North Texas Daily

Just add water: Creative arts class brings out imagination

Just add water: Creative arts class brings out imagination

February 18
01:02 2016

Matt Payne | Copy Editor

@MattePaper

The sound of skinny plastic paintbrushes rattling in drinking cups and splashing into tiny caps of water echoes through an otherwise silent classroom.

Exactly 20 students are hunched shoulder-to-shoulder over several aisles of tables. Several ears are occupied by earbuds, and heavy sighs are occasionally heard—not sighs of distress, but of unspoken relief and detachment from any distracting thoughts.

But one student sighs in frustration.

“That’s OK! Here—just add water,” the instructor said after rushing to the student’s side and examining her error. “Have your mini panic attack, then let the water flow and work for you. Water is the eraser of the drawing world.”

Zarina Kay teaches students at the informal art class how to let the water work for you when painting. Hannah Ridings | Senior Staff Photographer

Zarina Kay teaches students at the informal art class how to let the water work for you when painting. Hannah Ridings | Senior Staff Photographer

The interest in the Union Informal Arts series has been contagious among UNT students, to the point where arts coordinator Nicole Newland has been forced to turn away several students eager to get an elusive taste of creating art.

Psychology junior Jasmin John is one of many students interested in the recently-organized Union Informal Arts series. She and a friend scurried to the Union to take part in their latest venture into the fine arts, a water coloring class taught on Feb. 17 by local artist Zarina Kay.

“I never get the opportunity to paint outside of programs sponsored by the university or UPC,” John said. “It’s a good opportunity to refresh myself, so to say.”

John attended the previous class featuring “zentangling,” a style of cyclical tracing and, by extension, meditation. She described the course as a rare opportunity to escape the monotony of her daily routine, which is devoid of art.

The informal art class in the union focused on how to paint features with watercolors for their second class. Hannah Ridings | Senior Staff Photographer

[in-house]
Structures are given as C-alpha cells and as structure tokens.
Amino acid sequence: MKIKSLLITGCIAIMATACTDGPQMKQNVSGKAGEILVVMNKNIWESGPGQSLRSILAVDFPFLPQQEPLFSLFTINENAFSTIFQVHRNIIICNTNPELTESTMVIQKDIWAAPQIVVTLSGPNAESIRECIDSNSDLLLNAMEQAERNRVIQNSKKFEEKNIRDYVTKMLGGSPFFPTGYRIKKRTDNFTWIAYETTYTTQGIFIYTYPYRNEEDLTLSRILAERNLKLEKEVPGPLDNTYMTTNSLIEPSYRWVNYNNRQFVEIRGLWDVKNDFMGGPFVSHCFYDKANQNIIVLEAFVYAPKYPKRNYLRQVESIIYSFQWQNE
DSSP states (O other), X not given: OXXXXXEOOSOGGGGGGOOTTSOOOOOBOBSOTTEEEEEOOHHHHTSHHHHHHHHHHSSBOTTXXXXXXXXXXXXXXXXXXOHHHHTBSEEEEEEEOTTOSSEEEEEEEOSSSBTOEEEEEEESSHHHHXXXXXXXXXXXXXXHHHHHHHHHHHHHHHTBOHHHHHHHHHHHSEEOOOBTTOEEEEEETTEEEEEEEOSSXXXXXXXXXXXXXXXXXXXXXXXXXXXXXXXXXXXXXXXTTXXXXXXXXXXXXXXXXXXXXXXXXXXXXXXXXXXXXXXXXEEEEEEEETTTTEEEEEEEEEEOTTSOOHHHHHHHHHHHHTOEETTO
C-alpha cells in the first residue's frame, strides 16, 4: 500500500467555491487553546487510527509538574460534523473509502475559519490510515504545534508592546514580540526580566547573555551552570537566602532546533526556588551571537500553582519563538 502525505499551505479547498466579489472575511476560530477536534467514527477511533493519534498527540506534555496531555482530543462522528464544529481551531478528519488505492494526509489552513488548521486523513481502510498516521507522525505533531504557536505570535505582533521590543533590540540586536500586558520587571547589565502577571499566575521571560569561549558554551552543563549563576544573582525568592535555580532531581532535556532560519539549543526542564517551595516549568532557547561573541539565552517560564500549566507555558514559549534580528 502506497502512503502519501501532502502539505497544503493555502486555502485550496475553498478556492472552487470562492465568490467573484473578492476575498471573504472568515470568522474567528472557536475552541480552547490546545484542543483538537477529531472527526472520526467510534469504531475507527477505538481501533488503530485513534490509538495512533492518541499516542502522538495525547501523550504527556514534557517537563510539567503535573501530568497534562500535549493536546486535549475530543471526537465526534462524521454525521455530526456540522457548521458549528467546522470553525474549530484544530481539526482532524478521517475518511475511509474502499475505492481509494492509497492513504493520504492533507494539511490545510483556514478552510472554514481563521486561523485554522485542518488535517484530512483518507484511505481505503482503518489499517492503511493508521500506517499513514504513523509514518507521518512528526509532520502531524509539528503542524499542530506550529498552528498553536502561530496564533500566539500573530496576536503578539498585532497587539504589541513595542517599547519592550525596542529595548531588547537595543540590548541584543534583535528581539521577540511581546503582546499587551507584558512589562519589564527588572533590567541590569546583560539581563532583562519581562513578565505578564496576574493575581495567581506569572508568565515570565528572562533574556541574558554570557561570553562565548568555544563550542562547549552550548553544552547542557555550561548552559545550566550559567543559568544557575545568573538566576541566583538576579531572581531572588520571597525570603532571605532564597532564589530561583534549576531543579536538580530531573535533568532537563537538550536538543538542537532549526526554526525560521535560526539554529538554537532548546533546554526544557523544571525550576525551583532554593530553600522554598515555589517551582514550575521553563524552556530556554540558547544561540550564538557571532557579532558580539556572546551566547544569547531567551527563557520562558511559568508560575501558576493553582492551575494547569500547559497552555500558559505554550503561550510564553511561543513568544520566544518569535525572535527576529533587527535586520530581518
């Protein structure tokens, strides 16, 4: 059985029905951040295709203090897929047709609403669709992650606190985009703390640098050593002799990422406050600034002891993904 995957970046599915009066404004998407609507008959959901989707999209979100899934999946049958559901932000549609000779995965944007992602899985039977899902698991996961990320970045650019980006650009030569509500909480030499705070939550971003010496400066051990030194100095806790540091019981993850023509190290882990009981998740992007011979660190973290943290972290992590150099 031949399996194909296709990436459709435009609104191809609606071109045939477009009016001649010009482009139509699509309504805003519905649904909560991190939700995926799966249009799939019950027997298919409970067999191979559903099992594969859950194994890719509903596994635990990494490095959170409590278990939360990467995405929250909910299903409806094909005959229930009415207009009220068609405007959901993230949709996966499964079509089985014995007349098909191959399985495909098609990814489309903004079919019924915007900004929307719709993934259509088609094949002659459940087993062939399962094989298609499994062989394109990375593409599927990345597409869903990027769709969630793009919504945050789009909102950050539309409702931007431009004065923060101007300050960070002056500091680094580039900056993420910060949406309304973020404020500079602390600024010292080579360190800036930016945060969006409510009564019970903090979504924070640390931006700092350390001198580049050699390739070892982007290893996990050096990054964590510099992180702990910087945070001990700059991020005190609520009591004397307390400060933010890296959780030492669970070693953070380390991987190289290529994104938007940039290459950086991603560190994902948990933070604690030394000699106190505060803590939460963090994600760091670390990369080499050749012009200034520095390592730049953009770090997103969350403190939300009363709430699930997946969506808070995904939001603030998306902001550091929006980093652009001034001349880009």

The informal art class in the union focused on how to paint features with watercolors for their second class. Hannah Ridings | Senior Staff Photographer

Despite being more than 30 minutes early for the class, John, her friend and several after her were unable to attend.

“Like anything new and different, it’s been a learning experience,” Newland said about overcoming obstacles and the position created for her by director of University Union activities Zane Reif.

Newland collaborates with Reif to come up with new activities for students to participate in.

Residing in Denton for eight years and earning her master’s degree in art history at the College of Visual Arts and Design, Newland immersed herself in the local art scene early on in her move from Austin. She said she aspires to involve the student body in campus life by expanding the several series she organizes. She wants to hire more artists and allow any Denton resident to attend classes.

“There’s been a strange disconnect between student artists and local artists,” Newland said. “And I want to bridge that gap.”

Color paint is placed on watercolor paper at the informal art class held in the union. Hannah Ridings | Senior Staff Photographer

Color paint is placed on watercolor paper at the informal art class held in the union. Hannah Ridings | Senior Staff Photographer

Fortunately, Newland was able to connect with local artist Kay at Oaktopia in September of last year. She said she admired Kay’s art booth of “emotional” work and reconnected with her to proposition teaching classes. Kay’s watercoloring course was the second of several events under the Union Informal Arts series.

Students gathered around Kay as she let water drip over thinly-traced lines, vividly coloring her painting of a human eye.

Coincidentally, Kay is an avid boxer at Tidal Boxing Club and shares Newland’s desires to continue collaborating not only in encouraging fascination of art, but also in spreading the discipline she’s gained from boxing.

Her two specialties—physical and emotional—go hand-in-hand and allow Kay to express what she calls “introverted” activities as an extrovert.

“It’s a weird thing, teaching,” Kay said. “Being specific about an activity and having to dig into your subconscious—it opens our minds. And I love it. I’m always going to teach.”

Featured Image: Color paint is placed on watercolor paper at the informal art class held in the union. Hannah Ridings | Senior Staff Photographer 

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